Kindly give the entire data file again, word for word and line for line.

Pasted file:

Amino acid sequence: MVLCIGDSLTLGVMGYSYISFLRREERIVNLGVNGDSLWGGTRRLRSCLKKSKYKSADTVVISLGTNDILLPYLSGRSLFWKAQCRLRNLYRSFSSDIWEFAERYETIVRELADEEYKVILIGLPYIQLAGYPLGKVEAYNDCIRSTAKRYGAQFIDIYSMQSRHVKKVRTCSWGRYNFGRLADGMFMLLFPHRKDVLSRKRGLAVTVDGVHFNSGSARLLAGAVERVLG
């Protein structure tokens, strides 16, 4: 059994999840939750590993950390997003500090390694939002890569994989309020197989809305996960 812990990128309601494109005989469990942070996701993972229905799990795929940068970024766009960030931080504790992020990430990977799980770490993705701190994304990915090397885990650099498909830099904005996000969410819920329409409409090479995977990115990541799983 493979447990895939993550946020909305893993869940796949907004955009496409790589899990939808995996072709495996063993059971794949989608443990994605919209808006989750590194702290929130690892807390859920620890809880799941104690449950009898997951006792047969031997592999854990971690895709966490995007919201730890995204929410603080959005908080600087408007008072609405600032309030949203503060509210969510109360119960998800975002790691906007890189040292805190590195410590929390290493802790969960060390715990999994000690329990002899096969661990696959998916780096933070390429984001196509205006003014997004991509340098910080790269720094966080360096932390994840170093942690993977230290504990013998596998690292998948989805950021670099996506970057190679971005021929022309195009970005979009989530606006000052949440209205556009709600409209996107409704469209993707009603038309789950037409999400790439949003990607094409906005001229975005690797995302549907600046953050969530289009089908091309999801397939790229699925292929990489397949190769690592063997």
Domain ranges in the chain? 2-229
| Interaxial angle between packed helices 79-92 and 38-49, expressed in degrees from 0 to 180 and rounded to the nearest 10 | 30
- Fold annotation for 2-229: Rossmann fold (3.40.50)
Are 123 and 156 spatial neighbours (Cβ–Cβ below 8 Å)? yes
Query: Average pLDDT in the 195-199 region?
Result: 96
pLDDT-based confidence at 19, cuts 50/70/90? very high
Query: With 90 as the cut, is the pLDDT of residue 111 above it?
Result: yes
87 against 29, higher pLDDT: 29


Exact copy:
Amino acid sequence: MVLCIGDSLTLGVMGYSYISFLRREERIVNLGVNGDSLWGGTRRLRSCLKKSKYKSADTVVISLGTNDILLPYLSGRSLFWKAQCRLRNLYRSFSSDIWEFAERYETIVRELADEEYKVILIGLPYIQLAGYPLGKVEAYNDCIRSTAKRYGAQFIDIYSMQSRHVKKVRTCSWGRYNFGRLADGMFMLLFPHRKDVLSRKRGLAVTVDGVHFNSGSARLLAGAVERVLG
């Protein structure tokens, strides 16, 4: 059994999840939750590993950390997003500090390694939002890569994989309020197989809305996960 812990990128309601494109005989469990942070996701993972229905799990795929940068970024766009960030931080504790992020990430990977799980770490993705701190994304990915090397885990650099498909830099904005996000969410819920329409409409090479995977990115990541799983 493979447990895939993550946020909305893993869940796949907004955009496409790589899990939808995996072709495996063993059971794949989608443990994605919209808006989750590194702290929130690892807390859920620890809880799941104690449950009898997951006792047969031997592999854990971690895709966490995007919201730890995204929410603080959005908080600087408007008072609405600032309030949203503060509210969510109360119960998800975002790691906007890189040292805190590195410590929390290493802790969960060390715990999994000690329990002899096969661990696959998916780096933070390429984001196509205006003014997004991509340098910080790269720094966080360096932390994840170093942690993977230290504990013998596998690292998948989805950021670099996506970057190679971005021929022309195009970005979009989530606006000052949440209205556009709600409209996107409704469209993707009603038309789950037409999400790439949003990607094409906005001229975005690797995302549907600046953050969530289009089908091309999801397939790229699925292929990489397949190769690592063997």
Domain ranges in the chain? 2-229
| Interaxial angle between packed helices 79-92 and 38-49, expressed in degrees from 0 to 180 and rounded to the nearest 10 | 30
- Fold annotation for 2-229: Rossmann fold (3.40.50)
Are 123 and 156 spatial neighbours (Cβ–Cβ below 8 Å)? yes
Query: Average pLDDT in the 195-199 region?
Result: 96
pLDDT-based confidence at 19, cuts 50/70/90? very high
Query: With 90 as the cut, is the pLDDT of residue 111 above it?
Result: yes
87 against 29, higher pLDDT: 29